The first regional the team went to in 2006 was SVR. Overall, the only part of the design that really worked effectively was its drivetrain, which was basically a copy from the previous year’s drivetrain in itself. However, the drivetrain (and defensive skills of the driver) was sufficient to be the last pick at the regional, being picked by 254 and 581. The alliance went on to win SVR.
For the Sacramento Regional, the team decided to take a completely different approach. They stripped off the ineffective shooter and clogging hopper, and replaced the weak belts with a single belt driven by one of the leftover shooter motors, and adding a more functional hopper. These changes were done on the Thursday before competition and took until Friday morning to finish, causing the team to miss its first official match. This match was lost. However, the team went on to win all of the other qualification matches it was in at the regional to earn a rank of 2. The team was knocked out in the first round of finals matches, however. The design carried over to Championships.
The team did yet another reconstruction of the robot over the summer. The large group of now-incoming sophomores largely led the project to rebuild most of the robot over the summer, incorporating a hopper that worked with both a shooter and intake from both throwing the balls in and picking them up from the ground. The design worked well, but in elimination rounds at CalGames, the robot suffered a catastrophic failure to the drivetrain, knocking the team out of competition.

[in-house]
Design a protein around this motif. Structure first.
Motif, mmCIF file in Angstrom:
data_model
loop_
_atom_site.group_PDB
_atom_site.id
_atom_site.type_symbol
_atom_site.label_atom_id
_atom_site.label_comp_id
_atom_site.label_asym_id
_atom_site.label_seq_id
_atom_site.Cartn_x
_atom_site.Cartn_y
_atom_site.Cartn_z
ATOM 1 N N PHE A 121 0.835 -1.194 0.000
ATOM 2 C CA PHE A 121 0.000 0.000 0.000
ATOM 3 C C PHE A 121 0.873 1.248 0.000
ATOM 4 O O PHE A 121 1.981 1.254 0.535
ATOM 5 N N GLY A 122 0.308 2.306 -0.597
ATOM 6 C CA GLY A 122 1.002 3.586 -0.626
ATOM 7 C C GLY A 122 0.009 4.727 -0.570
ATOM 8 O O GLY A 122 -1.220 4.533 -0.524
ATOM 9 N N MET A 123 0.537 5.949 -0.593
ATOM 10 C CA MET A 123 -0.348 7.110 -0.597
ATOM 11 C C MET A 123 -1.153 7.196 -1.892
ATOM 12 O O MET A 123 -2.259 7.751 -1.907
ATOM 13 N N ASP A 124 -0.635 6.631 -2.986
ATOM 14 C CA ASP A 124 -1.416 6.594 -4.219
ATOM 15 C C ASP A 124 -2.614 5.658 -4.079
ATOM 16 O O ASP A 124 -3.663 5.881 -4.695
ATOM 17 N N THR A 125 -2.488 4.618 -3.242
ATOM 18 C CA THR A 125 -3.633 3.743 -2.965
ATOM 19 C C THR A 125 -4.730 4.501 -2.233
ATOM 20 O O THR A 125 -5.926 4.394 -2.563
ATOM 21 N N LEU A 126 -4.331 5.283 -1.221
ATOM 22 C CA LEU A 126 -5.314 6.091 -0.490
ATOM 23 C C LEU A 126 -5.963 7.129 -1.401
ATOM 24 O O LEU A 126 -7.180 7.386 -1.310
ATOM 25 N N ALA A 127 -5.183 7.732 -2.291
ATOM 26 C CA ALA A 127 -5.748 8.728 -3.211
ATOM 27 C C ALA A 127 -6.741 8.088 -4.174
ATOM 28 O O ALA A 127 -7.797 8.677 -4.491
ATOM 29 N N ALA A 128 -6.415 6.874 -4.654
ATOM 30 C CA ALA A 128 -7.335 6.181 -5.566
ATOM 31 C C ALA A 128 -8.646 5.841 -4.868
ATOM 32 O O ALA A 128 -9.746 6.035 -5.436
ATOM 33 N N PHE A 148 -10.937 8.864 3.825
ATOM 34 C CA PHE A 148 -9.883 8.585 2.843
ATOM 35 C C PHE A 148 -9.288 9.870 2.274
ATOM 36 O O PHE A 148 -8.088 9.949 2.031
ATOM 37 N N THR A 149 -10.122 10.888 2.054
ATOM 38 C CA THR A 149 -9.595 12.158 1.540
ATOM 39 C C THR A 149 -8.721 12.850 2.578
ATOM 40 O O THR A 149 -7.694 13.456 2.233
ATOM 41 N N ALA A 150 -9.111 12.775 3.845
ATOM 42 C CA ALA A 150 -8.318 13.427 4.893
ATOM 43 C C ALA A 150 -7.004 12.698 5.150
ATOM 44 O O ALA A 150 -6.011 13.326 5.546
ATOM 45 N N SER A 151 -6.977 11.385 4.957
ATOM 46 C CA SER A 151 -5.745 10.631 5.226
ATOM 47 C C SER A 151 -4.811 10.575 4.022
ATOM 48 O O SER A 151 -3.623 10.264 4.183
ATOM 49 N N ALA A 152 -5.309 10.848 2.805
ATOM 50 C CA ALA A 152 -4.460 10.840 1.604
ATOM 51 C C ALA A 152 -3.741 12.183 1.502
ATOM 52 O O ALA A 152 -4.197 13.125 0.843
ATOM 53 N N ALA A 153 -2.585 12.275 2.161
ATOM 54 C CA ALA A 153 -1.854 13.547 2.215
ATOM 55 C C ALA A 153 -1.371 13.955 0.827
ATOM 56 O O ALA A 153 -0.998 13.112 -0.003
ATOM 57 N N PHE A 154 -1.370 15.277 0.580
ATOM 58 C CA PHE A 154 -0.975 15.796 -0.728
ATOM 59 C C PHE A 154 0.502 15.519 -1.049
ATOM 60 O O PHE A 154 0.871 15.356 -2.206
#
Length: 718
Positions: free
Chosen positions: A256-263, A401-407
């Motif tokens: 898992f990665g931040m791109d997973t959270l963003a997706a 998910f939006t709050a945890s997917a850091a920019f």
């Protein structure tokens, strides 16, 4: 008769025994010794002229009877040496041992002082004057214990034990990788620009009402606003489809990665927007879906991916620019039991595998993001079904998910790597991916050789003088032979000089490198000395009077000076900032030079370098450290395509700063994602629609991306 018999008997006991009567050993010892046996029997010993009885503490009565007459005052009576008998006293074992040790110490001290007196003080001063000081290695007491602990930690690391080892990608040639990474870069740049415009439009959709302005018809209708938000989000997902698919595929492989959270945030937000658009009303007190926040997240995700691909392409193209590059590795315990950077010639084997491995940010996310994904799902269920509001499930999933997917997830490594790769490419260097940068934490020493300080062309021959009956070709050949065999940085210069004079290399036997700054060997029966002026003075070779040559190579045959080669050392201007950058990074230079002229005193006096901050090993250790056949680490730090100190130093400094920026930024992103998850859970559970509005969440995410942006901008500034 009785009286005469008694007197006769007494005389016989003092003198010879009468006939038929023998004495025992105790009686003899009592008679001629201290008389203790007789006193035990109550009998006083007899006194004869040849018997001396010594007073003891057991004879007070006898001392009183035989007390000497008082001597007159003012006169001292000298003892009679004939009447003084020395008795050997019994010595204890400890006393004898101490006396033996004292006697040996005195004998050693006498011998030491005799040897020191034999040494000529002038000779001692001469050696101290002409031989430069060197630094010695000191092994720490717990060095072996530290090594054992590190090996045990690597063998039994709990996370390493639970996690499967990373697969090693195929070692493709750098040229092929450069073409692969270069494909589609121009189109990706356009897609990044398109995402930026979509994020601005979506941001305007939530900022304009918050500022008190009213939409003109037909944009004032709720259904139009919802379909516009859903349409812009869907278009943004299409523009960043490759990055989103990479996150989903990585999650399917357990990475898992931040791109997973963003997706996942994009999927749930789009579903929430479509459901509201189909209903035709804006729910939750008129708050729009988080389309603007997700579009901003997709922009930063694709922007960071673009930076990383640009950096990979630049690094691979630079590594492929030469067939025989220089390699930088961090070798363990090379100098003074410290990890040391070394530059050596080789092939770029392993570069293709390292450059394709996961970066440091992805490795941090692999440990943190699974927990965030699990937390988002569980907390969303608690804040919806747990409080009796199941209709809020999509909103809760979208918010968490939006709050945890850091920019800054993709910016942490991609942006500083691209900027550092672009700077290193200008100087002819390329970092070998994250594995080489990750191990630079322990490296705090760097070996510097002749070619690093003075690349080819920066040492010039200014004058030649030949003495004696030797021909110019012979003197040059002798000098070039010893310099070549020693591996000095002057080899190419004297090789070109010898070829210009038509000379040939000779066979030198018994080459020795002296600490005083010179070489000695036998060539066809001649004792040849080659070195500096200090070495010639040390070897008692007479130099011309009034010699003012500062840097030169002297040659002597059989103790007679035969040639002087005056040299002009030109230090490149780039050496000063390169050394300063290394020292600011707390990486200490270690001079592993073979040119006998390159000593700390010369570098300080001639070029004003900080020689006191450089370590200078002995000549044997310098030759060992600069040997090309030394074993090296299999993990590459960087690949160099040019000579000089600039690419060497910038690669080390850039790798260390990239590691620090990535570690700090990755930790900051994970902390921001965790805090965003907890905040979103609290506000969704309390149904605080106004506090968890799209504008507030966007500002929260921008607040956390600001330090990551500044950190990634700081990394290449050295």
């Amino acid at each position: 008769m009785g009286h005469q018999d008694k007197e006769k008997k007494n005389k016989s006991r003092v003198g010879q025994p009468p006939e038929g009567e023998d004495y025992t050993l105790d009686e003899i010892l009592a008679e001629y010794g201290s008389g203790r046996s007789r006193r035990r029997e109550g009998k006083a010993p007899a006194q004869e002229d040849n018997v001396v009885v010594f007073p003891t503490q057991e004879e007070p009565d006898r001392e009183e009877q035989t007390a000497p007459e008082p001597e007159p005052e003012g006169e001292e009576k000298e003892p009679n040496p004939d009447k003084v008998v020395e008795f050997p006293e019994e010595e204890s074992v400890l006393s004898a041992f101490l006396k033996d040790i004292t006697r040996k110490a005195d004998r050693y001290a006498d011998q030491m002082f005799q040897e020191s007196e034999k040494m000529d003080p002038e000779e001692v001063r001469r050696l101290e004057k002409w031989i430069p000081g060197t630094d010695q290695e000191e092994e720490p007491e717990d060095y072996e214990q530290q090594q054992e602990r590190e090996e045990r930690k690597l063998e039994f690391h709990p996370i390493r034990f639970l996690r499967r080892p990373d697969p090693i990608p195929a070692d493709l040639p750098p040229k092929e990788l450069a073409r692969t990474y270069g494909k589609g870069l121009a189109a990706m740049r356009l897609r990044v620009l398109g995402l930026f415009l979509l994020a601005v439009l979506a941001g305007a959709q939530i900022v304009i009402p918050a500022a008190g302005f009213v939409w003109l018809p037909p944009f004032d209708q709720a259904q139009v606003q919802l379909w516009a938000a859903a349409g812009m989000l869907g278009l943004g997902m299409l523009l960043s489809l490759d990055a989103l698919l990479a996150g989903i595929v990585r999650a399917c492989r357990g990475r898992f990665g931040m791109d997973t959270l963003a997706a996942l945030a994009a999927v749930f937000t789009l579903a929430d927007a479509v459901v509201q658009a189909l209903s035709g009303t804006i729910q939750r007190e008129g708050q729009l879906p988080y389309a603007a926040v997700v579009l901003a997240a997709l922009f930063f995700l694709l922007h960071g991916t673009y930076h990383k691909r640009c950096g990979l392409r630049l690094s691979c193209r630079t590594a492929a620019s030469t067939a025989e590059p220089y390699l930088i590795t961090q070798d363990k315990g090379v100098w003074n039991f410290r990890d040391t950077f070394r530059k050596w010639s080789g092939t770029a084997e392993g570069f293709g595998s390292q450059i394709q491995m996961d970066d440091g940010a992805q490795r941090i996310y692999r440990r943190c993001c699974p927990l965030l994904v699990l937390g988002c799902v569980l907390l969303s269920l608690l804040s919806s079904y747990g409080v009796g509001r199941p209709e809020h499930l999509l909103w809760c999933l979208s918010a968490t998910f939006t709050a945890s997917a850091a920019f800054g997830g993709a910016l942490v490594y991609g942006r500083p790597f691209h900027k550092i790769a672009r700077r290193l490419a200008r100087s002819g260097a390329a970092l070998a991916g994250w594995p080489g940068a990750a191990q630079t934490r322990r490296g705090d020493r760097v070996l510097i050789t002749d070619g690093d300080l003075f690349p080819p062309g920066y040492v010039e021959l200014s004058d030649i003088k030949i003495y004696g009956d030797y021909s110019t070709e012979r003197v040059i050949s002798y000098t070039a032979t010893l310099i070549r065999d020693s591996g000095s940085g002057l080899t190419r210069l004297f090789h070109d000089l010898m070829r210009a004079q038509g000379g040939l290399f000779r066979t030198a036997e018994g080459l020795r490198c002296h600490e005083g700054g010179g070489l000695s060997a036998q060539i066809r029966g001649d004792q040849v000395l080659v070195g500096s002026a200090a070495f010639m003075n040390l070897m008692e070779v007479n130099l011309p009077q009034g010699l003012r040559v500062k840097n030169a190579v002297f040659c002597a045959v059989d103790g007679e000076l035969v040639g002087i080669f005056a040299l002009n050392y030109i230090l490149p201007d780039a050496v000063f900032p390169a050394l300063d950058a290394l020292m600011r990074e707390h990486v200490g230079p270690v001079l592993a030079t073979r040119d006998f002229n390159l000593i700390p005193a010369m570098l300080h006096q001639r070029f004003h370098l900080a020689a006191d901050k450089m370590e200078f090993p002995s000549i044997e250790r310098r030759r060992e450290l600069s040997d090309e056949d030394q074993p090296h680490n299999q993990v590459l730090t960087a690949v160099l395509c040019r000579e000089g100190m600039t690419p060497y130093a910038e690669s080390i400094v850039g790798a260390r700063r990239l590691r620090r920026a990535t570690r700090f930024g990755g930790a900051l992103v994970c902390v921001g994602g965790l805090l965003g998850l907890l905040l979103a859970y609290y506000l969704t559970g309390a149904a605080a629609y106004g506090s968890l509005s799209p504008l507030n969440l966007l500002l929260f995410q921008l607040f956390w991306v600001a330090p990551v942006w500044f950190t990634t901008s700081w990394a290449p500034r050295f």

In 2007 the team continued many of the positive things from the previous season. The drivetrain was largely kept, with the addition of a two-speed gearbox. The team went with a simple arm design for lifting the pool tube game pieces. The season wasn’t hugely eventful, but the team did make it to the finals at SVR, edging out the team who had previously always won the regional and losing to a team which would go on to win the whole year’s competition at Championships.